For example, many eHealth initiatives involve digitizing patient records and creating an electronic ‘backbone’ that ideally will standardize access to patient data within a national
system. mHealth programs can serve as the access point for entering patient data into national health information systems, and as remote information tools that provide information to
healthcare clinics, home providers, and health workers in the field. While there are many stand alone mHealth programs, it is important to note the opportunity mHealth presents for strengthening broader eHealth initiatives.3
■ Meeting Health Needs Through a Broad Array of Applications
A growing number of developing countries are using mobile technology to address health needs. The mHealth field is remarkably dynamic, and the range of applications being
designed is constantly expanding. The key applications for mHealth in developing countries are:
■ Education and awareness
■ Remote data collection
■ Remote monitoring
■ Communication and training for healthcare workers
■ Disease and epidemic outbreak tracking
■ Diagnostic and treatment support4
After reviewing different proposed mobile platforms the choice was made to implement generic open source (free) software that permits global communication with designated groups of users by Simple Text Messaging (SMS).5
The choice was based on several cross disciplinary programs already implemented at the School of Medicine, UM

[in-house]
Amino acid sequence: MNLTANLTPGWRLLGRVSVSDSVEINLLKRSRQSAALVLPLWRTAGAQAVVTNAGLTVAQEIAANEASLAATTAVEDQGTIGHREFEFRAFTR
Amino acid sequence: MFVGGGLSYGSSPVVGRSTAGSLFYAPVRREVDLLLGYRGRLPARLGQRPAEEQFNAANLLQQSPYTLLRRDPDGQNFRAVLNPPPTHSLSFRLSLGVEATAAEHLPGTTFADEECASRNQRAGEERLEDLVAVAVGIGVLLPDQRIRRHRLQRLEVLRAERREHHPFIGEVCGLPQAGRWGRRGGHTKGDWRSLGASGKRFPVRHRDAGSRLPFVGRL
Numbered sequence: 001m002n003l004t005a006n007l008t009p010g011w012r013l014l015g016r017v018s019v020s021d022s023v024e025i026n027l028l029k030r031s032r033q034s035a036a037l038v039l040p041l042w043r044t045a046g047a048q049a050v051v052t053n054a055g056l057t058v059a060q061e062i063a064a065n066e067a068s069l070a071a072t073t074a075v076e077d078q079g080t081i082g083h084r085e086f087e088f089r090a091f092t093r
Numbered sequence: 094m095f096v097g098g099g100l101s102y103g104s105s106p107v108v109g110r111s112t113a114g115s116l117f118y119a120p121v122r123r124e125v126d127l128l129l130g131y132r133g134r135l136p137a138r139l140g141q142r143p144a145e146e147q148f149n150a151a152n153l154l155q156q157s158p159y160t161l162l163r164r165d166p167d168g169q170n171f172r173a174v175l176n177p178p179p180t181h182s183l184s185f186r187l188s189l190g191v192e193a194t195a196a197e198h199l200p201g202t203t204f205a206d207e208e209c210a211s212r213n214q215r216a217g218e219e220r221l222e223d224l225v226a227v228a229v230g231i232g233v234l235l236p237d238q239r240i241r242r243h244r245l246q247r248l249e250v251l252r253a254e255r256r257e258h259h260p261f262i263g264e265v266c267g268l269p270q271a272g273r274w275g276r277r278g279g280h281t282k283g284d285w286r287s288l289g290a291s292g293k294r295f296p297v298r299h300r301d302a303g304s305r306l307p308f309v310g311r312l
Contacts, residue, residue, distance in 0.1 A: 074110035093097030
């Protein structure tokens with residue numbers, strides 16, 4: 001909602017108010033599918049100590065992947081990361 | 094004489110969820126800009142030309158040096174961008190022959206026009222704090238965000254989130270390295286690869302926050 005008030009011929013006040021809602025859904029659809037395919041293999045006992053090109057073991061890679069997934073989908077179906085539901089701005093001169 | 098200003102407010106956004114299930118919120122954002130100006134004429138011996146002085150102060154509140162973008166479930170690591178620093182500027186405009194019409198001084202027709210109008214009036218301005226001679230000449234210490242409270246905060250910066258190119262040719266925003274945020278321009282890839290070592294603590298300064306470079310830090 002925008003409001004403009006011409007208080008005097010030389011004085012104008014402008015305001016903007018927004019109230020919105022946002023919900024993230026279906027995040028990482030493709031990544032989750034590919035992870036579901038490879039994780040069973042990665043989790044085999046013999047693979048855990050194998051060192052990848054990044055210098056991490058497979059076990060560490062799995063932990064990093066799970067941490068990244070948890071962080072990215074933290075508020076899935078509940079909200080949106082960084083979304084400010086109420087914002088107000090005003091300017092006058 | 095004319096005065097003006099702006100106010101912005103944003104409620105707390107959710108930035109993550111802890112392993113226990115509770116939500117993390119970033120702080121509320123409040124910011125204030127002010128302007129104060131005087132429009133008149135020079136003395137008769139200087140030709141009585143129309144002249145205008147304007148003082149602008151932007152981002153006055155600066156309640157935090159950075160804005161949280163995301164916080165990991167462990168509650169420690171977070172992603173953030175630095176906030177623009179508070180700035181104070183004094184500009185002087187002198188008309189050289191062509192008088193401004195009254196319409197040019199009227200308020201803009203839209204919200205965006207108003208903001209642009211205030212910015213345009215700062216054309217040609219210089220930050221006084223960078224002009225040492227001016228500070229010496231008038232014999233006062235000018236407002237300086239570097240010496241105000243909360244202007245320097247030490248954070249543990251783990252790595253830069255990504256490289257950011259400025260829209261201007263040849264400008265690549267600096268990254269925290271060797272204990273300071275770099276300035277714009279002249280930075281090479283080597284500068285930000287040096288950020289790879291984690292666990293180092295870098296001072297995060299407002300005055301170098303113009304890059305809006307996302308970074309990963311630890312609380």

An overview of the possibilities of the software is outlined below:
> Create and manage all of your SMS-related contact groups
> Send and receive messages via special on-screen consoles
> Provides incoming and outgoing message history for each contact
> Engage with your contact groups – run surveys, competitions etc. via the SurveyManager
> Run your own text-based information service via the automated ReplyManager
> Export data to Excel and other programs
> No need to be on-line – works on any GSM network via your own PC or laptop
Several constraints that need to be addressed at the time of this article being written are:
1) Lack of a mobile education culture
2) View of mobile technology as hype, overpromising results from the media
3) Teachers aren’t frequent users of SMS technology which is very popular to the younger students
4) Need of the creation of a centralized E Heath – M Health Department at our University.
Neverless the lessons learned from initiatives in other parts of the world and the possibilities to Network with different consortiums that promote Mobile technologies makes the wealth of information available to copy.
The low cost implementation proposed makes it easier to create a culture of change at the largest private University in Argentina
(1) Naicker S, Eastwood JB, Plange-Rhule J, Tutt RC. Shortage of healthcare workers in sub-Saharan Africa: a nephrological perspective. Clin Nephrol 2010;74 Suppl 1:S129-S133.
(2) Riska O. [The health worker shortage in Africa worse than supposed]. Tidsskr Nor Laegeforen 2009;129:778.
(3) Gerber T, Olazabal V, Brown K, Pablos-Mendez A. An agenda for action on global e-health. Health Aff (Millwood ) 2010;29:233-236.
(4) Vital Wave Consulting. mHealth for Development. 2009.
Ref Type: Generic
(5) Kiwanja.net. Introduction to FrontlineSMS. 2003.
Ref Type: Generic